US Holocaust Memorial Museum with European Parliament’s Parlamentarium hosts exhibition: State of Deception: The Power of Nazi Propaganda - January 25 to May 13.
“Propaganda is a truly terrible weapon in the hands of an expert.” —Adolf Hitler, Mein Kampf, 1924
Brussels — The United States Holocaust Memorial Museum, in conjunction with the European Parliament’s Parlamentarium museum*, is marking the 2018 International Day of Commemoration under the theme “Propaganda and the Holocaust: From Words to Genocide.”
For this occasion, the U.S. Holocaust Memorial Museum is opening an exhibition on Nazi propaganda. Entitled State of Deception: The Power of Nazi Propaganda, it encourages visitors to reflect on the ongoing dangers of propaganda - especially today when many of the techniques and messages developed by the Nazis are being recycled and reused by extremist groups promoting violence and hatred.
The exhibition opens on January 25 and will run until May 13. Exhibition texts in German, French and Dutch are available. The Kazerne Dossin museum in Mechelen, Belgium, is organizing guided tours in four languages.
“While the Nazis are gone, the deadly potential of propaganda lives on,” U.S. Holocaust Memorial Museum director Sara Bloomfield said. “It is even more dangerous in this interconnected world, when heinous content can be disseminated and consulted anywhere anytime. We need to learn the lessons of the past, to strengthen our collective capacity to respond to violent extremism. “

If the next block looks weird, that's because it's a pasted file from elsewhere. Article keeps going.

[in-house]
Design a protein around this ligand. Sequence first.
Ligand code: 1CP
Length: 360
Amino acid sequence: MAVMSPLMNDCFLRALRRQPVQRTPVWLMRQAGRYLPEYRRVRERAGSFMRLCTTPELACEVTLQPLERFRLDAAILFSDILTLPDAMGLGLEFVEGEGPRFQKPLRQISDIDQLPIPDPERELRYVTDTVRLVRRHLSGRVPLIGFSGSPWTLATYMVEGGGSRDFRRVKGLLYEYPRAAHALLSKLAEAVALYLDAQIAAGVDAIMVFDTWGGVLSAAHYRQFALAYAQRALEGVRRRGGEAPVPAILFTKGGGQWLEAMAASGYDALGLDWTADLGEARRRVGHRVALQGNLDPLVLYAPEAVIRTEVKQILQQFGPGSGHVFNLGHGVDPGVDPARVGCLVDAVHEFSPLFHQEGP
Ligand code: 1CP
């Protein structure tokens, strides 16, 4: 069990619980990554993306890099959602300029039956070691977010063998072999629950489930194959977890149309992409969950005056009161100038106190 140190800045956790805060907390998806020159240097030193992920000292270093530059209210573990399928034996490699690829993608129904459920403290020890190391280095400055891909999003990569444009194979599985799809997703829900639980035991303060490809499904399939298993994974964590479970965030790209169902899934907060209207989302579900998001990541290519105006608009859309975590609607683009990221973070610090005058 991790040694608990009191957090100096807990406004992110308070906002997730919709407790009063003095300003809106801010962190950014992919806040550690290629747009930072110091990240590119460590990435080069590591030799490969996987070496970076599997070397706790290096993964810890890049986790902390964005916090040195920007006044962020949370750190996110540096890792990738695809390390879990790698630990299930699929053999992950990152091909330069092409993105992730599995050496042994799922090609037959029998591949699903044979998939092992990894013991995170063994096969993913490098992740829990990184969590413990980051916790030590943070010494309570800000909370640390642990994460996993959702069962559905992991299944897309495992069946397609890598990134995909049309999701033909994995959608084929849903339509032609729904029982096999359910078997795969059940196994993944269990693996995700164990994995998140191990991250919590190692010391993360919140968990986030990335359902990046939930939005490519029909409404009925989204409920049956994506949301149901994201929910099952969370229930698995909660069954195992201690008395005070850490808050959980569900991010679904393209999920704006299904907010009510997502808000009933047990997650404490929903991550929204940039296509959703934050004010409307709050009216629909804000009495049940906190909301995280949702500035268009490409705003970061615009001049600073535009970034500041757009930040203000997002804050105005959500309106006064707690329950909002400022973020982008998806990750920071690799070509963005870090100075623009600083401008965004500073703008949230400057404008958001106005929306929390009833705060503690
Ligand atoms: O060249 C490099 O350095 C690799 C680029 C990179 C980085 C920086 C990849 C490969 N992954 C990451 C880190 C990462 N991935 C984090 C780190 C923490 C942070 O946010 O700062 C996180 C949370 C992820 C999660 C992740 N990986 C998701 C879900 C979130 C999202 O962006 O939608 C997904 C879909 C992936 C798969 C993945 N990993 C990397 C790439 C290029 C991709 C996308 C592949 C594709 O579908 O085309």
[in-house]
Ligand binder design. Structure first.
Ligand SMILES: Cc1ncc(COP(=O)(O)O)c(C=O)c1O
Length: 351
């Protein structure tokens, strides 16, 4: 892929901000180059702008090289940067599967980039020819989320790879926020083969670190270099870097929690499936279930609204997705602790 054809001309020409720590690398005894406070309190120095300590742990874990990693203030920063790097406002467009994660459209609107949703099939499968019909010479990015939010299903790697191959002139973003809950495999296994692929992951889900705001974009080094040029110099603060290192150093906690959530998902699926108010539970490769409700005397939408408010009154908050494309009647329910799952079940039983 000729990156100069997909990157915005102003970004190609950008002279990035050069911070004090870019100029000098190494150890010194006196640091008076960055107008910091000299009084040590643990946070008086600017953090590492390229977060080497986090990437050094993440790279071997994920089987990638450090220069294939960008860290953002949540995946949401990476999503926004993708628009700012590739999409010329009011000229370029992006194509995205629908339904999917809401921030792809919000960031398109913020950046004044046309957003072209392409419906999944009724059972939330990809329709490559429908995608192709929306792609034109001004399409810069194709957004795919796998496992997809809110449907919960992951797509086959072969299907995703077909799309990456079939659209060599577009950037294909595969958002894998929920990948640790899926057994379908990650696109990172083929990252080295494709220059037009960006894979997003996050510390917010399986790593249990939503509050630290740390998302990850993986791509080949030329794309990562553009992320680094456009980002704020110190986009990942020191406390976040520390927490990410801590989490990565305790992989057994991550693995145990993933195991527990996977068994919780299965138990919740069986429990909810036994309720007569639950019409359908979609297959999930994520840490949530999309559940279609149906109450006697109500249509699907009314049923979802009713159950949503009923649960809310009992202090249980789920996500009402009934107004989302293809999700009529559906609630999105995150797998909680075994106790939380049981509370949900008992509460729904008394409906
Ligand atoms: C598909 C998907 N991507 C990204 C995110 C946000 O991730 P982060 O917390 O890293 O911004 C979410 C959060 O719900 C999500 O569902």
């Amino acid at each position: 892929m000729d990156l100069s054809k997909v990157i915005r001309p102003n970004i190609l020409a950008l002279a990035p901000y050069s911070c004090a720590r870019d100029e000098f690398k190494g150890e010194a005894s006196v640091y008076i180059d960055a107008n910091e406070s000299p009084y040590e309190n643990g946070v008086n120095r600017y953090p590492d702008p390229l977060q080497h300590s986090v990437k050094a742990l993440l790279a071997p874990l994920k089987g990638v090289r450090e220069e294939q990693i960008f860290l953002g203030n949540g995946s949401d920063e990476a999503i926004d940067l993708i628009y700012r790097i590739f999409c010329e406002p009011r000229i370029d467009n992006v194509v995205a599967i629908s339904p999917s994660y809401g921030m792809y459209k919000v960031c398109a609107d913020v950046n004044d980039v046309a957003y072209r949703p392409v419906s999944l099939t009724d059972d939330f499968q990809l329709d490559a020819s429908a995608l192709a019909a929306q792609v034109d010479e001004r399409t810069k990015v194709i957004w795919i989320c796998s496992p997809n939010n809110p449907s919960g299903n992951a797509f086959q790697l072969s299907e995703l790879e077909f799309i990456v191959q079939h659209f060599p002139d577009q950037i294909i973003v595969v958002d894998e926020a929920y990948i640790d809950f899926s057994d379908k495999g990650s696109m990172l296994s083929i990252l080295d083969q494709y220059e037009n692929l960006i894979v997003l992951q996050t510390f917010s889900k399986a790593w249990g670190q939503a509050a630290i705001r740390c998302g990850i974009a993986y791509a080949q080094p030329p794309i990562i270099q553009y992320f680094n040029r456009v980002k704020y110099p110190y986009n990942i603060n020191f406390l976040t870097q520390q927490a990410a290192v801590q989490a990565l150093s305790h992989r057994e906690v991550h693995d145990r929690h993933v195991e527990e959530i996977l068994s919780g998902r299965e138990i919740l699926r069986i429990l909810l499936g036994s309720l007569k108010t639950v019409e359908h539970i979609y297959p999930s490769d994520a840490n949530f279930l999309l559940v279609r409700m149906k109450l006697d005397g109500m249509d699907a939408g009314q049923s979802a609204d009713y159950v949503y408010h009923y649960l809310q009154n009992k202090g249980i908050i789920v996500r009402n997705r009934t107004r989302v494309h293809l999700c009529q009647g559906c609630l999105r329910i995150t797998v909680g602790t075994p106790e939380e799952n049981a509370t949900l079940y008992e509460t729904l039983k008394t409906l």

State of Deception: The Power of Nazi Propaganda draws visitors into a rich multimedia environment vividly illustrating the insidious allure of Nazi propaganda.
“Adolf Hitler was an avid student of propaganda and borrowed techniques from the Allies in World War I, his Socialist and Communist rivals, the Italian Fascist Party, as well as then-contemporary advertising,” says exhibition curator Steven Luckert, who will be in Brussels for the exhibition opening. “Drawing upon these models, he successfully marketed the Nazi Party, its ideology, and himself to the German people.”
The Museum is encouraging visitors to the exhibition in Brussels and globally to consider how they can honor the legacy of the Holocaust to combat hate and antisemitism. Audiences can use #askWHY to share how they will make choices and act to apply these lessons in their lives for a safer future.
*The Parlamentarium is the visitors' centre of the European Parliament and is located in the Parliament's Espace Léopold complex in Brussels at rue Wiertz 60, 1047 Brussels.